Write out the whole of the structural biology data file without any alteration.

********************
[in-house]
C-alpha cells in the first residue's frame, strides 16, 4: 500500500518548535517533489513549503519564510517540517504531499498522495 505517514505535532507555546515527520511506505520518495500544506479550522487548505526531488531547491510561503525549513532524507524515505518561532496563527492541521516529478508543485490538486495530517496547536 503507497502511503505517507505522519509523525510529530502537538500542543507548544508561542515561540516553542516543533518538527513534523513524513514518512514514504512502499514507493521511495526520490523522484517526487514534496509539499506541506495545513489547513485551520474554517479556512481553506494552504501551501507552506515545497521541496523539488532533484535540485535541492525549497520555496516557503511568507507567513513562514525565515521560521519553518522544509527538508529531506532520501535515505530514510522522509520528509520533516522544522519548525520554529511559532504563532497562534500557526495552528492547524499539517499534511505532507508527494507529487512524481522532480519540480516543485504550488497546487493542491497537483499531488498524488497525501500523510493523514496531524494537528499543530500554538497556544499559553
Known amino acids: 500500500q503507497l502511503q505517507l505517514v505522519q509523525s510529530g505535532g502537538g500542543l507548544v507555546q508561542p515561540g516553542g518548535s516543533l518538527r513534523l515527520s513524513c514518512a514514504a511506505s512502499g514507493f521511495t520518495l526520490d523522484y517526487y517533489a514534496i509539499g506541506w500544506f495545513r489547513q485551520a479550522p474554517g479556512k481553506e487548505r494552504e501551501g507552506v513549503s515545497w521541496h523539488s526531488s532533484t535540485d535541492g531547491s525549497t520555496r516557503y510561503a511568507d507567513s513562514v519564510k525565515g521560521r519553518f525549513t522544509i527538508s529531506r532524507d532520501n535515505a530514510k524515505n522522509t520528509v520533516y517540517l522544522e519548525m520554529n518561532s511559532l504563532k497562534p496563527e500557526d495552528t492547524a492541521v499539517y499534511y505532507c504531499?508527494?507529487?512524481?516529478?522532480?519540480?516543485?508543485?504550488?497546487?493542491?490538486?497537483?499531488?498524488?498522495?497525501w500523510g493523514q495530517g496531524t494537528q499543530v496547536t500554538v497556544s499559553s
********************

[in-house]
C-alpha cells in the first residue's frame, strides 16, 4: 500500500518548535517533489513549503519564510517540517504531499498522495 505517514505535532507555546515527520511506505520518495500544506479550522487548505526531488531547491510561503525549513532524507524515505518561532496563527492541521516529478508543485490538486495530517496547536 503507497502511503505517507505522519509523525510529530502537538500542543507548544508561542515561540516553542516543533518538527513534523513524513514518512514514504512502499514507493521511495526520490523522484517526487514534496509539499506541506495545513489547513485551520474554517479556512481553506494552504501551501507552506515545497521541496523539488532533484535540485535541492525549497520555496516557503511568507507567513513562514525565515521560521519553518522544509527538508529531506532520501535515505530514510522522509520528509520533516522544522519548525520554529511559532504563532497562534500557526495552528492547524499539517499534511505532507508527494507529487512524481522532480519540480516543485504550488497546487493542491497537483499531488498524488497525501500523510493523514496531524494537528499543530500554538497556544499559553
Known amino acids: 500500500q503507497l502511503q505517507l505517514v505522519q509523525s510529530g505535532g502537538g500542543l507548544v507555546q508561542p515561540g516553542g518548535s516543533l518538527r513534523l515527520s513524513c514518512a514514504a511506505s512502499g514507493f521511495t520518495l526520490d523522484y517526487y517533489a514534496i509539499g506541506w500544506f495545513r489547513q485551520a479550522p474554517g479556512k481553506e487548505r494552504e501551501g507552506v513549503s515545497w521541496h523539488s526531488s532533484t535540485d535541492g531547491s525549497t520555496r516557503y510561503a511568507d507567513s513562514v519564510k525565515g521560521r519553518f525549513t522544509i527538508s529531506r532524507d532520501n535515505a530514510k524515505n522522509t520528509v520533516y517540517l522544522e519548525m520554529n518561532s511559532l504563532k497562534p496563527e500557526d495552528t492547524a492541521v499539517y499534511y505532507c504531499?508527494?507529487?512524481?516529478?522532480?519540480?516543485?508543485?504550488?497546487?493542491?490538486?497537483?499531488?498524488?498522495?497525501w500523510g493523514q495530517g496531524t494537528q499543530v496547536t500554538v497556544s499559553s